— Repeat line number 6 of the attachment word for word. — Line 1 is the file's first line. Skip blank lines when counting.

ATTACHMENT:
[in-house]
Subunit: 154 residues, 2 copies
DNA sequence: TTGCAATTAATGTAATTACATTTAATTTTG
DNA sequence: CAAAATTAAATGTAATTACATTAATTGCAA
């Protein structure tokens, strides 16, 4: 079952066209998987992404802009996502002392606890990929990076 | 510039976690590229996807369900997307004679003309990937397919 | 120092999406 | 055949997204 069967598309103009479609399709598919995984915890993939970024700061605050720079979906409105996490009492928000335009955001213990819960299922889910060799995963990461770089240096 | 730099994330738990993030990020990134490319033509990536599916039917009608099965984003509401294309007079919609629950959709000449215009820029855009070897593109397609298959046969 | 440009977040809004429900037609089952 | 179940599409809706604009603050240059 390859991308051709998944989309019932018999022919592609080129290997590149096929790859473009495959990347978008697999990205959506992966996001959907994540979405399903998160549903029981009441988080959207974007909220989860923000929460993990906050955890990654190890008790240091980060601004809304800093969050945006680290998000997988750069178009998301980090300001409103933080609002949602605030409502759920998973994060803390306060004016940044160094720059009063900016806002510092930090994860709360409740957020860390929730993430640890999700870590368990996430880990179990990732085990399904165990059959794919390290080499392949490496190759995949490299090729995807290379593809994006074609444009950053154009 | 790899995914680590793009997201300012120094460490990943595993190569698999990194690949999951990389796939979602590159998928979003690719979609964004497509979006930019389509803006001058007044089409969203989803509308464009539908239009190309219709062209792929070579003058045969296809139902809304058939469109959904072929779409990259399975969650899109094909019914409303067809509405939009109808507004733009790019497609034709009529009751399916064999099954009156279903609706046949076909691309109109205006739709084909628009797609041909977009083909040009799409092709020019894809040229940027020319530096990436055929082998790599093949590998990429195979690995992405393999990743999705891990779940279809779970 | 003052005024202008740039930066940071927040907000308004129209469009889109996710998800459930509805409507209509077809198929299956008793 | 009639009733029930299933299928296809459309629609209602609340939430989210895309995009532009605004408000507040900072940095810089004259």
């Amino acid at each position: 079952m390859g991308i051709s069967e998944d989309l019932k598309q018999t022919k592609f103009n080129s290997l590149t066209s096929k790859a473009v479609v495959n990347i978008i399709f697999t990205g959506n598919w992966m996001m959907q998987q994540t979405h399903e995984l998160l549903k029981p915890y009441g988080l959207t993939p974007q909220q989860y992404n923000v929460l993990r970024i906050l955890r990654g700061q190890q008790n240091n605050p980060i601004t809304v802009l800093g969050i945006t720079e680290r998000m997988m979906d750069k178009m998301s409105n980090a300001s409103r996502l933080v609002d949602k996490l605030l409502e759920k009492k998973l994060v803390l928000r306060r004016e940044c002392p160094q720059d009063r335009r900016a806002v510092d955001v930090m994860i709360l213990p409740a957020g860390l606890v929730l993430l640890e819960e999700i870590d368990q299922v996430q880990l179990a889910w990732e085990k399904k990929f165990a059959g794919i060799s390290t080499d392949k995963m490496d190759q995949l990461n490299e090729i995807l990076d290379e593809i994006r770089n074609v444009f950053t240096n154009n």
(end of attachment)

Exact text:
């Amino acid at each position: 079952m390859g991308i051709s069967e998944d989309l019932k598309q018999t022919k592609f103009n080129s290997l590149t066209s096929k790859a473009v479609v495959n990347i978008i399709f697999t990205g959506n598919w992966m996001m959907q998987q994540t979405h399903e995984l998160l549903k029981p915890y009441g988080l959207t993939p974007q909220q989860y992404n923000v929460l993990r970024i906050l955890r990654g700061q190890q008790n240091n605050p980060i601004t809304v802009l800093g969050i945006t720079e680290r998000m997988m979906d750069k178009m998301s409105n980090a300001s409103r996502l933080v609002d949602k996490l605030l409502e759920k009492k998973l994060v803390l928000r306060r004016e940044c002392p160094q720059d009063r335009r900016a806002v510092d955001v930090m994860i709360l213990p409740a957020g860390l606890v929730l993430l640890e819960e999700i870590d368990q299922v996430q880990l179990a889910w990732e085990k399904k990929f165990a059959g794919i060799s390290t080499d392949k995963m490496d190759q995949l990461n490299e090729i995807l990076d290379e593809i994006r770089n074609v444009f950053t240096n154009n």